Mark McGurl at The Paris Review:
The Testing of Luther Albright (2005) and Traps (2013) are perfectly good novels if one has a taste for it. The second thing that needs to be noted about them is that, after her divorce from Jeff Bezos, founder and controlling shareholder of Amazon, their author is the richest woman in the world, or close enough, worth in excess (as I write these words) of $60 billion, mostly from her holdings of Amazon stock. She is no doubt the wealthiest published novelist of all time by a factor of … whatever, a high number. Compared to her, J. K. Rowling is still poor.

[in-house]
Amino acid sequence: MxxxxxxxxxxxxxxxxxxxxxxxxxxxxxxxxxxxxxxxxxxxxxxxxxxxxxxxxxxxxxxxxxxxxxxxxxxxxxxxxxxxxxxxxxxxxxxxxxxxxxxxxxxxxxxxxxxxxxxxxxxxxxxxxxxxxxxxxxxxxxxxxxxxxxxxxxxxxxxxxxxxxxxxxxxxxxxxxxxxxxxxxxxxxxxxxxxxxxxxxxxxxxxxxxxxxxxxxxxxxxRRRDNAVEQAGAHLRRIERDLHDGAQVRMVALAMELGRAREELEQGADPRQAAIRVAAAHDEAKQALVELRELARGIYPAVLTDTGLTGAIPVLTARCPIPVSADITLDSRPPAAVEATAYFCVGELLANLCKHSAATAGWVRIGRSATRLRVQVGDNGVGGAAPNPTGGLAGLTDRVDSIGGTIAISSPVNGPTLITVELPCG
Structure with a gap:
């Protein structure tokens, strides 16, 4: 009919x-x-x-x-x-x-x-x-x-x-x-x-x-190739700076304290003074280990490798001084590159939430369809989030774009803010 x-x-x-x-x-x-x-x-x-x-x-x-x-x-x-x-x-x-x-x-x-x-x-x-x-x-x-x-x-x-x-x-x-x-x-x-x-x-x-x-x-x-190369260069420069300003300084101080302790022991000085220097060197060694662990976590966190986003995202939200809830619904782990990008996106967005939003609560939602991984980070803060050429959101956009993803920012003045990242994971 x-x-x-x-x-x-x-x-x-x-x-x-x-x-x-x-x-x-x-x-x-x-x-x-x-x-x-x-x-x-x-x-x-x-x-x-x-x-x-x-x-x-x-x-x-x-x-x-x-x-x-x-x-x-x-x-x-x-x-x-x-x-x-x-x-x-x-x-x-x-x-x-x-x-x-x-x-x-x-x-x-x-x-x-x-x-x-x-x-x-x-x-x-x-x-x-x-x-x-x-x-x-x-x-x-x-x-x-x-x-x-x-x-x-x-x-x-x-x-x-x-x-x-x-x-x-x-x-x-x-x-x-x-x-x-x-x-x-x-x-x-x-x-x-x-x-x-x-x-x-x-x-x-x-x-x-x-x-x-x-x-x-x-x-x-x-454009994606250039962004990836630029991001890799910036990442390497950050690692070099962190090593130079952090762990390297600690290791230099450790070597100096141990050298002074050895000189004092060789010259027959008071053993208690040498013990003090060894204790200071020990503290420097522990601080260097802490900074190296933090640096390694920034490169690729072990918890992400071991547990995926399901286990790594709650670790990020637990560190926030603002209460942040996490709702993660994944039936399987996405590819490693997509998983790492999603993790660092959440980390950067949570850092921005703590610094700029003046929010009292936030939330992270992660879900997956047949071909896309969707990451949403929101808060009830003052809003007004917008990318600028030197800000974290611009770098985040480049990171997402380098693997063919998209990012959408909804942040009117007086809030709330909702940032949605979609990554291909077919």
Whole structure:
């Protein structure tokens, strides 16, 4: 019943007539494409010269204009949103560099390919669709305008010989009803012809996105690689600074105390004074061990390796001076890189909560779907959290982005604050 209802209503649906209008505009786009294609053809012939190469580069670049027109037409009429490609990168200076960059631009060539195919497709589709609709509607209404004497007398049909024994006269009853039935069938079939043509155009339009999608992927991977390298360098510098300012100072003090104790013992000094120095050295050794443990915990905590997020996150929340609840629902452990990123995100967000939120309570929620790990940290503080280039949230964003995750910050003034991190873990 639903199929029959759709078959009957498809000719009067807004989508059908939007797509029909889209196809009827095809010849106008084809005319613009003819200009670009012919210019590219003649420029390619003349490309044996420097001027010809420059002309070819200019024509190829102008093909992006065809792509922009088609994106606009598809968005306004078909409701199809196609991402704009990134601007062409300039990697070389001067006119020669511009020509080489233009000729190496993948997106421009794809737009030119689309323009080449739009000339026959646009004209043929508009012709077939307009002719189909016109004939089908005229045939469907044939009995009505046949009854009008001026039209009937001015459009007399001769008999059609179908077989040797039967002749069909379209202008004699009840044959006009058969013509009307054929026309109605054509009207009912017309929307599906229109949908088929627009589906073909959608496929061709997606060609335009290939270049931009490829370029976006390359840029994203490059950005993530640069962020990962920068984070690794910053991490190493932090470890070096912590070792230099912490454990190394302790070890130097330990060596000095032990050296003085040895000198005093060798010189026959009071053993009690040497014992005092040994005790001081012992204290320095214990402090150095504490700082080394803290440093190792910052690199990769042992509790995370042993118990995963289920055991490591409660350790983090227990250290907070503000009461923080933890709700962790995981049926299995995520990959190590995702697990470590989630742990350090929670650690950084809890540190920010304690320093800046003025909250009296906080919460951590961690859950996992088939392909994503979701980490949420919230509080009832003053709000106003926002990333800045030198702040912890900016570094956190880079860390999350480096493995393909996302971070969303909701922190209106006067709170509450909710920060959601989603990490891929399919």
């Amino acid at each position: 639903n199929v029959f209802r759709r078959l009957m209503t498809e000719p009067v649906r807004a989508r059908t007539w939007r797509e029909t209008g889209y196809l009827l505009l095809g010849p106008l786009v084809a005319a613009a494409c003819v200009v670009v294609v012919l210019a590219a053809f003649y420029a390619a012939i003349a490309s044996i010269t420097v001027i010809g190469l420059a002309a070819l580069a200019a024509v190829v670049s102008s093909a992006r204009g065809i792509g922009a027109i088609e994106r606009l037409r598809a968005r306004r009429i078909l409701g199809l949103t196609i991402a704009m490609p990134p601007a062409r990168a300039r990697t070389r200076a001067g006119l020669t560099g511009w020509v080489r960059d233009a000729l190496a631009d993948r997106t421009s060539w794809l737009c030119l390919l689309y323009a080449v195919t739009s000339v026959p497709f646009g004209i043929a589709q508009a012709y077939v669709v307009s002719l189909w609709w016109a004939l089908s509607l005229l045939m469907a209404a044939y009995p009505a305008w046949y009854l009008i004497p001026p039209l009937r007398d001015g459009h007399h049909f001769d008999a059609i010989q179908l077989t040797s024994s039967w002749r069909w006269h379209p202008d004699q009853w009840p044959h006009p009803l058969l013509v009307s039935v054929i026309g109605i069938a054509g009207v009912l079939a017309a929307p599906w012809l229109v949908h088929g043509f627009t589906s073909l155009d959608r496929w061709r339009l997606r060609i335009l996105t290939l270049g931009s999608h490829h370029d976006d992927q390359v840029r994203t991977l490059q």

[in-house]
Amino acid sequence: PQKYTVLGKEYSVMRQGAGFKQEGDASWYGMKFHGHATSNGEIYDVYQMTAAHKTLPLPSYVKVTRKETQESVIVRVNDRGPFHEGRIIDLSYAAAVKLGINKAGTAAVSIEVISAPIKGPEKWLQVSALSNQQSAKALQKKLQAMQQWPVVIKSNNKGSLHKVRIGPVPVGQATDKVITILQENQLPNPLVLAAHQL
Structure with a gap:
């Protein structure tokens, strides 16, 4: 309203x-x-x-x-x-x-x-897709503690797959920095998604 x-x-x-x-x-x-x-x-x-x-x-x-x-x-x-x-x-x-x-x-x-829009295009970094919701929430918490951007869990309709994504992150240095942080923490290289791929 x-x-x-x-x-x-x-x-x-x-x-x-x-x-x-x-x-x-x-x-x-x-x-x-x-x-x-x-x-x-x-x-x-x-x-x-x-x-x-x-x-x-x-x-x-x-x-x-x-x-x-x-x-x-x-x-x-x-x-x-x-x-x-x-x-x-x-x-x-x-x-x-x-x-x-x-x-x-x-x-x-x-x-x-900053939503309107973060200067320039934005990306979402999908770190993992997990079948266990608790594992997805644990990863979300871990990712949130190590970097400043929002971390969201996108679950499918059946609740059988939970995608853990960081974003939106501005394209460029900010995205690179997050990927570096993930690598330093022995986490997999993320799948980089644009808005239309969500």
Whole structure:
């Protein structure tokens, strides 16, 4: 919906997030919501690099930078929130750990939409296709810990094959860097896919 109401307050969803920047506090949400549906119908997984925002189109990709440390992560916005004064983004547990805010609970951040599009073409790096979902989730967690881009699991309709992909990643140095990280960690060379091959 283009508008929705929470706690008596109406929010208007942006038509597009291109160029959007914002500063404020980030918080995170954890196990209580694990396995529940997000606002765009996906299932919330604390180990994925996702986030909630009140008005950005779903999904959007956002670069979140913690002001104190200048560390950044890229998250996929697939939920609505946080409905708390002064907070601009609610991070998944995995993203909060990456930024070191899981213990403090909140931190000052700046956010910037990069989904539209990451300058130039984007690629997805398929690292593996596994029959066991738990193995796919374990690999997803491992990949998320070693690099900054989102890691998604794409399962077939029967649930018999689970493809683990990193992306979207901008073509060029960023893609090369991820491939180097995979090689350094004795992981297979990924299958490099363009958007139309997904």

It’s the garishness of the latter fact that makes the high quality of her fiction so hard to credit, so hard to know what to do with except ignore it in favor of the spectacle of titanic financial power and the gossipy blather it carries in train. How can the gifts she has given the world as an artist begin to compare with those she has been issuing as hard cash? Of late it has been reported that Bezos, now going by the name MacKenzie Scott, has been dispensing astonishingly large sums of money very fast, giving it to worthy causes, although not as fast as she has been making it as a holder of stock in her ex’s company.